Colleges’ Approach to the Pandemic

With most students starting to wrap up classes online now, colleges are making decisions about the upcoming fall classes and how to approach them with the pandemic in mind. Many financial, safety, and convenience factors come into play, as parents, faculty, and students are divided over the issue of returning back to campuses. According to a survey of 310 presidents conducted by the American Council on Education, 53% of college presidents say its “very likely” that their classes will resume in-person in fall and 31% say that this is “somewhat likely.” With this in mind, institutions are starting to consider the actions needed to keep their students safe on campus, should they return.

Recently, schools such as University of Notre Dame, Boston College, and Northeastern University have announced that they intend to have their students return to their campuses in the fall with new implementations in mind to do so. Notre Dame plans to bring students back on August 10, two weeks earlier than normal. The school will skip fall break and end the semester before Thanksgiving in order to prevent a potential second wave of the virus spreading on campus. It will increase cleaning measures, Covid-19 testing, and quarantine protocols while also encouraging social distancing and requiring masks.

Since March, students around the world have been taking classes online, but they have still paying a large sum of money to do so. This has caused significant petitioning and legal actions, as many think “Zoom university is not worth 50k a year.” However, 345 out of the surveyed 947 private 4-year colleges are at financial risk. This upcoming academic year, colleges could lose around 10% of their tuition revenue due to less enrollment and more discounts offered. Additionally, the amount of foreign students coming to American institutions could vary. Although they might save on salaries next year, many colleges will have to merge or seek closure in the next few years. Thus, in order to prevent thus, opening up in the fall seems like a good option: it allows students to get the education they desire and keep the universities afloat.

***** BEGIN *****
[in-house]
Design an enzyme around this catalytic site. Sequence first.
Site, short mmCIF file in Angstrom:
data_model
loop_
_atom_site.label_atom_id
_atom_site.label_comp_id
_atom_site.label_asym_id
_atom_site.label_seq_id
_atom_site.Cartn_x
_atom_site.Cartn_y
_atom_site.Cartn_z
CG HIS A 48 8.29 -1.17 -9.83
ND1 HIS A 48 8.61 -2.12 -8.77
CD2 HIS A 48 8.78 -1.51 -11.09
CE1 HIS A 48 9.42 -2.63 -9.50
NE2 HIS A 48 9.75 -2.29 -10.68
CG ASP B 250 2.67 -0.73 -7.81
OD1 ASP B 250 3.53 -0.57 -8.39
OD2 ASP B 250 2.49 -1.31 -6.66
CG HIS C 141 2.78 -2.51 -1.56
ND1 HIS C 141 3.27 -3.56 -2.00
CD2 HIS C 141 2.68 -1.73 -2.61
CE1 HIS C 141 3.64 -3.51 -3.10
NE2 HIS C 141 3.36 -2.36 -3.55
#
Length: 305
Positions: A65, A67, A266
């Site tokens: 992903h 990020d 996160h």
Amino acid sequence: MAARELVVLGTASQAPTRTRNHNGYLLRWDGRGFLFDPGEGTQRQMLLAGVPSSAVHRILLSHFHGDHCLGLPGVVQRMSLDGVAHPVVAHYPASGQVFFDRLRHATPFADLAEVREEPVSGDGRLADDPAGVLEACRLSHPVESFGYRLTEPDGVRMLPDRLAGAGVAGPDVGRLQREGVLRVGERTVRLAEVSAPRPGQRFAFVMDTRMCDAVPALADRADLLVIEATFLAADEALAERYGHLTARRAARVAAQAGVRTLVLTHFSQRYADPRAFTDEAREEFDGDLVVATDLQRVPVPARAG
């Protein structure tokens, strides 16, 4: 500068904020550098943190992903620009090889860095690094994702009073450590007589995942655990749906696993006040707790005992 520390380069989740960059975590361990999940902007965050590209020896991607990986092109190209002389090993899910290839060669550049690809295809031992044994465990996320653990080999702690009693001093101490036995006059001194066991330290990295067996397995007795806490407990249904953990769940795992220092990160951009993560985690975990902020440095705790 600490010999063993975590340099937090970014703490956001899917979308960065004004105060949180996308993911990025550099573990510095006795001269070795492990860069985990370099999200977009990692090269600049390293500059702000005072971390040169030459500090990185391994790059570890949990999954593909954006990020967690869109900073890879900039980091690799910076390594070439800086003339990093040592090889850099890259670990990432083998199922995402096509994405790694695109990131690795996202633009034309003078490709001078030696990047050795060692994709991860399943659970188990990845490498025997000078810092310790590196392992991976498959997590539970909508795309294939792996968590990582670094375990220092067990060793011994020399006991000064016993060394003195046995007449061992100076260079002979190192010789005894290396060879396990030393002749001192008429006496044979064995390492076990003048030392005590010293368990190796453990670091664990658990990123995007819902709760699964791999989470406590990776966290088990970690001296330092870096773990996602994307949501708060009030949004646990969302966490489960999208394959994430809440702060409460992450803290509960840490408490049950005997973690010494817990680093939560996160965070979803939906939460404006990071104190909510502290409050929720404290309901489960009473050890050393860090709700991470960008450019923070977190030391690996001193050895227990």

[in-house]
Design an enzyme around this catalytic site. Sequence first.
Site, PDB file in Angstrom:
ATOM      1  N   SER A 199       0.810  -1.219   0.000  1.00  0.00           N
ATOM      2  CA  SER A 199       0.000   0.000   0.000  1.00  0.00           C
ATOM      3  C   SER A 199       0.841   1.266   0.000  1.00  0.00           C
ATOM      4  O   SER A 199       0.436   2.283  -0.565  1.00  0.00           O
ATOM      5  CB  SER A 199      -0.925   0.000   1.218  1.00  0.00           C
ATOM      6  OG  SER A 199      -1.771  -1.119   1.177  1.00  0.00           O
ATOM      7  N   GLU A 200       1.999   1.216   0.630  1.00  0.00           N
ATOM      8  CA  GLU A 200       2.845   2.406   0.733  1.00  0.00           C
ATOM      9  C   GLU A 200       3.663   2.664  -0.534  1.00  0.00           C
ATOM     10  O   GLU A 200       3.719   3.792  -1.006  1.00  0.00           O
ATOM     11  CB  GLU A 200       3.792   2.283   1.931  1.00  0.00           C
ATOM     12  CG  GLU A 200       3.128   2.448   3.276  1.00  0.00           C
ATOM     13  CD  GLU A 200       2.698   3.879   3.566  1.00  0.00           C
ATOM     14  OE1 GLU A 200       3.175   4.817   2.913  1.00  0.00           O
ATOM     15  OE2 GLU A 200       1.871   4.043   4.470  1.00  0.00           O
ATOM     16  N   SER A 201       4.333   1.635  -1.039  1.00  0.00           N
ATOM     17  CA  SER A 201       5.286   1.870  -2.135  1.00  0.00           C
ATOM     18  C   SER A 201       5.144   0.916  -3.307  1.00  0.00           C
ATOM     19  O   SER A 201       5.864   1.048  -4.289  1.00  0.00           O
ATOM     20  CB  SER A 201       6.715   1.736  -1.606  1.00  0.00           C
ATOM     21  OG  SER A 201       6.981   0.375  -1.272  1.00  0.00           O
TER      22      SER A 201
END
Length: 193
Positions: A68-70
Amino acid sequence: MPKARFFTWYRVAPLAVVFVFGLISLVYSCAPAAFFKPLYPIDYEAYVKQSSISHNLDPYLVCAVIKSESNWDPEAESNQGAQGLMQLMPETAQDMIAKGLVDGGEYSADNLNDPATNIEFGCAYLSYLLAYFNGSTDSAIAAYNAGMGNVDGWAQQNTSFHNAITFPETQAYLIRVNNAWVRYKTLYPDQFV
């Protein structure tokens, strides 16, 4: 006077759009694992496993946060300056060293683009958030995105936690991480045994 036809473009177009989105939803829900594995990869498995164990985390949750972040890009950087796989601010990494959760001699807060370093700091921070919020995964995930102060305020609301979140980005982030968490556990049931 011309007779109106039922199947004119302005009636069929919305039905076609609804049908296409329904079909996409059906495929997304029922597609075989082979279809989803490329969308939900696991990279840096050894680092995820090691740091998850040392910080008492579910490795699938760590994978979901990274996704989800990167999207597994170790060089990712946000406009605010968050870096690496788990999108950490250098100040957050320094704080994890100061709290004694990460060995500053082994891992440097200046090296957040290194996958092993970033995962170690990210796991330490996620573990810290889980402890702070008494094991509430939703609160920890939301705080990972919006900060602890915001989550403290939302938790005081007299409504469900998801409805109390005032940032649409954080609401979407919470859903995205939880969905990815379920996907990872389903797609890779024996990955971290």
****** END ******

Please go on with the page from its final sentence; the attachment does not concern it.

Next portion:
However, the risk associated with colleges opening up again is high. Isolation is hard in dorms and classes, and constant testing is hard with such a large amount of students. Although college students are young and have a low mortality rate, the long-term effects from Covid-19 are unknown, and opening up so soon can be considered risky. Colleges and universities across the nation abruptly closed campuses in the spring, but opening in the fall does not eliminate the possibility of this happening again, especially with a potential resurgence. The University of Cambridge and California State University, amongst others, have announced that their campuses will remain closed for in-person instruction this fall. Money to open campuses safely is also a concern. CSU’s chancellor said how the university cannot afford to test everyone and track infected people at a rate that would make it safe enough for them to be on campus. The complete accuracy of testing is also a risk, especially with students living in close proximity of one another. Regardless of the economic implications, not returning to campus may be the safer choice. 

Colleges and universities are starting to inform students of their plans for the fall, but uncertainty remains. With major money, education, and safety questions at hand, students, families, and administrations are working to overcome the Covid-19 problems to ensure the best educational scenario for all. 

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